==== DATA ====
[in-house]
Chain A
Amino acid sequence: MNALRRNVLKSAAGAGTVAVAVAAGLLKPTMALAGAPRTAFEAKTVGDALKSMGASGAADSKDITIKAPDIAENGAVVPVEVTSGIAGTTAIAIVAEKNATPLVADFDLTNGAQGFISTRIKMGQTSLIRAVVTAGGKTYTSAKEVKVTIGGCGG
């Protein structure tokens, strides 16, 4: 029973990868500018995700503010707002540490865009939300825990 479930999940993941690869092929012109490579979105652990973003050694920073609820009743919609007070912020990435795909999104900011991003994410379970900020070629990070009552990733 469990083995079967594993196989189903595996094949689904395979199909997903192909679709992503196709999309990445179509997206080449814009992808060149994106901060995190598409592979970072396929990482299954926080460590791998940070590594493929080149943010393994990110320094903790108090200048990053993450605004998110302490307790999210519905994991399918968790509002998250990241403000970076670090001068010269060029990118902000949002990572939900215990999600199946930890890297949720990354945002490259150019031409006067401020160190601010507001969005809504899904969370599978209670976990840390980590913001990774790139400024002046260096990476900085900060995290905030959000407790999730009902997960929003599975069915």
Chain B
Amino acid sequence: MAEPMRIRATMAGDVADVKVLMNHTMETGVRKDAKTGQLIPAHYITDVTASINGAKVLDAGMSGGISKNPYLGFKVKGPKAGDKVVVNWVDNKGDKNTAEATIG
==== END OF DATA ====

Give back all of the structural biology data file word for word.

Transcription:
[in-house]
Chain A
Amino acid sequence: MNALRRNVLKSAAGAGTVAVAVAAGLLKPTMALAGAPRTAFEAKTVGDALKSMGASGAADSKDITIKAPDIAENGAVVPVEVTSGIAGTTAIAIVAEKNATPLVADFDLTNGAQGFISTRIKMGQTSLIRAVVTAGGKTYTSAKEVKVTIGGCGG
């Protein structure tokens, strides 16, 4: 029973990868500018995700503010707002540490865009939300825990 479930999940993941690869092929012109490579979105652990973003050694920073609820009743919609007070912020990435795909999104900011991003994410379970900020070629990070009552990733 469990083995079967594993196989189903595996094949689904395979199909997903192909679709992503196709999309990445179509997206080449814009992808060149994106901060995190598409592979970072396929990482299954926080460590791998940070590594493929080149943010393994990110320094903790108090200048990053993450605004998110302490307790999210519905994991399918968790509002998250990241403000970076670090001068010269060029990118902000949002990572939900215990999600199946930890890297949720990354945002490259150019031409006067401020160190601010507001969005809504899904969370599978209670976990840390980590913001990774790139400024002046260096990476900085900060995290905030959000407790999730009902997960929003599975069915």
Chain B
Amino acid sequence: MAEPMRIRATMAGDVADVKVLMNHTMETGVRKDAKTGQLIPAHYITDVTASINGAKVLDAGMSGGISKNPYLGFKVKGPKAGDKVVVNWVDNKGDKNTAEATIG